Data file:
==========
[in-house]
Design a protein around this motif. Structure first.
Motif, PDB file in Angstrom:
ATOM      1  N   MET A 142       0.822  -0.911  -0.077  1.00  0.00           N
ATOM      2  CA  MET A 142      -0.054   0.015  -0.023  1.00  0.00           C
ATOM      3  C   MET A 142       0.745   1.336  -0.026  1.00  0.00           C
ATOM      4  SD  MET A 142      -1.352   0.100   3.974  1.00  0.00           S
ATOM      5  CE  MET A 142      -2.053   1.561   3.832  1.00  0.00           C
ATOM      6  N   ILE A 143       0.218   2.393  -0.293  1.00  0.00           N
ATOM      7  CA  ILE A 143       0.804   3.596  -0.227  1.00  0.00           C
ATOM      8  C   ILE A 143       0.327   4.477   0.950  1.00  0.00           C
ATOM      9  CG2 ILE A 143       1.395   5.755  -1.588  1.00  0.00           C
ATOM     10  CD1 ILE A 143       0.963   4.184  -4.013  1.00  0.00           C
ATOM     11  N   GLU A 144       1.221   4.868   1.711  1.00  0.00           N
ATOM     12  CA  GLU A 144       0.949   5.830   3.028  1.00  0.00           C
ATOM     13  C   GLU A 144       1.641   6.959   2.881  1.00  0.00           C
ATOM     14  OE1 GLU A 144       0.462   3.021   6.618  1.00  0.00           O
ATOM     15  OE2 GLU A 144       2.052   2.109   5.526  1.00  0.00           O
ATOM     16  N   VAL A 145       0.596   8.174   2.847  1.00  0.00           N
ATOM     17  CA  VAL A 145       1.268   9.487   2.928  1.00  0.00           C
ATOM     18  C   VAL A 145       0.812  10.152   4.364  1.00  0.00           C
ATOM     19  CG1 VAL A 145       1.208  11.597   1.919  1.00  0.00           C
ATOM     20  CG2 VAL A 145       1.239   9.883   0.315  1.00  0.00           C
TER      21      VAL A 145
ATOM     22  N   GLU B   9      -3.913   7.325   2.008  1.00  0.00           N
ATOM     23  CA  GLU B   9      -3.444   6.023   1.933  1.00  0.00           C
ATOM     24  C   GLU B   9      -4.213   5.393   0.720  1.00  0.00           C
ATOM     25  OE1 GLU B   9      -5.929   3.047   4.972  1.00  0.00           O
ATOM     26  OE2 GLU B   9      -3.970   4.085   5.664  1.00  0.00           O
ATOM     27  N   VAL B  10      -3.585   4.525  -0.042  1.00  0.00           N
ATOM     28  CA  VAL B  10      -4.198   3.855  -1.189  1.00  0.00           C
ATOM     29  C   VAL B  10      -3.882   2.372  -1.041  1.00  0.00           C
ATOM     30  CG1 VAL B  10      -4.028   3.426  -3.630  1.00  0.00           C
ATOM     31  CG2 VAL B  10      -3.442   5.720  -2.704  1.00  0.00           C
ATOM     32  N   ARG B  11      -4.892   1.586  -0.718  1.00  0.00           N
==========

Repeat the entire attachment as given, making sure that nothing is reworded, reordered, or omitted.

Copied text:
[in-house]
Design a protein around this motif. Structure first.
Motif, PDB file in Angstrom:
ATOM      1  N   MET A 142       0.822  -0.911  -0.077  1.00  0.00           N
ATOM      2  CA  MET A 142      -0.054   0.015  -0.023  1.00  0.00           C
ATOM      3  C   MET A 142       0.745   1.336  -0.026  1.00  0.00           C
ATOM      4  SD  MET A 142      -1.352   0.100   3.974  1.00  0.00           S
ATOM      5  CE  MET A 142      -2.053   1.561   3.832  1.00  0.00           C
ATOM      6  N   ILE A 143       0.218   2.393  -0.293  1.00  0.00           N
ATOM      7  CA  ILE A 143       0.804   3.596  -0.227  1.00  0.00           C
ATOM      8  C   ILE A 143       0.327   4.477   0.950  1.00  0.00           C
ATOM      9  CG2 ILE A 143       1.395   5.755  -1.588  1.00  0.00           C
ATOM     10  CD1 ILE A 143       0.963   4.184  -4.013  1.00  0.00           C
ATOM     11  N   GLU A 144       1.221   4.868   1.711  1.00  0.00           N
ATOM     12  CA  GLU A 144       0.949   5.830   3.028  1.00  0.00           C
ATOM     13  C   GLU A 144       1.641   6.959   2.881  1.00  0.00           C
ATOM     14  OE1 GLU A 144       0.462   3.021   6.618  1.00  0.00           O
ATOM     15  OE2 GLU A 144       2.052   2.109   5.526  1.00  0.00           O
ATOM     16  N   VAL A 145       0.596   8.174   2.847  1.00  0.00           N
ATOM     17  CA  VAL A 145       1.268   9.487   2.928  1.00  0.00           C
ATOM     18  C   VAL A 145       0.812  10.152   4.364  1.00  0.00           C
ATOM     19  CG1 VAL A 145       1.208  11.597   1.919  1.00  0.00           C
ATOM     20  CG2 VAL A 145       1.239   9.883   0.315  1.00  0.00           C
TER      21      VAL A 145
ATOM     22  N   GLU B   9      -3.913   7.325   2.008  1.00  0.00           N
ATOM     23  CA  GLU B   9      -3.444   6.023   1.933  1.00  0.00           C
ATOM     24  C   GLU B   9      -4.213   5.393   0.720  1.00  0.00           C
ATOM     25  OE1 GLU B   9      -5.929   3.047   4.972  1.00  0.00           O
ATOM     26  OE2 GLU B   9      -3.970   4.085   5.664  1.00  0.00           O
ATOM     27  N   VAL B  10      -3.585   4.525  -0.042  1.00  0.00           N
ATOM     28  CA  VAL B  10      -4.198   3.855  -1.189  1.00  0.00           C
ATOM     29  C   VAL B  10      -3.882   2.372  -1.041  1.00  0.00           C
ATOM     30  CG1 VAL B  10      -4.028   3.426  -3.630  1.00  0.00           C
ATOM     31  CG2 VAL B  10      -3.442   5.720  -2.704  1.00  0.00           C
ATOM     32  N   ARG B  11      -4.892   1.586  -0.718  1.00  0.00           N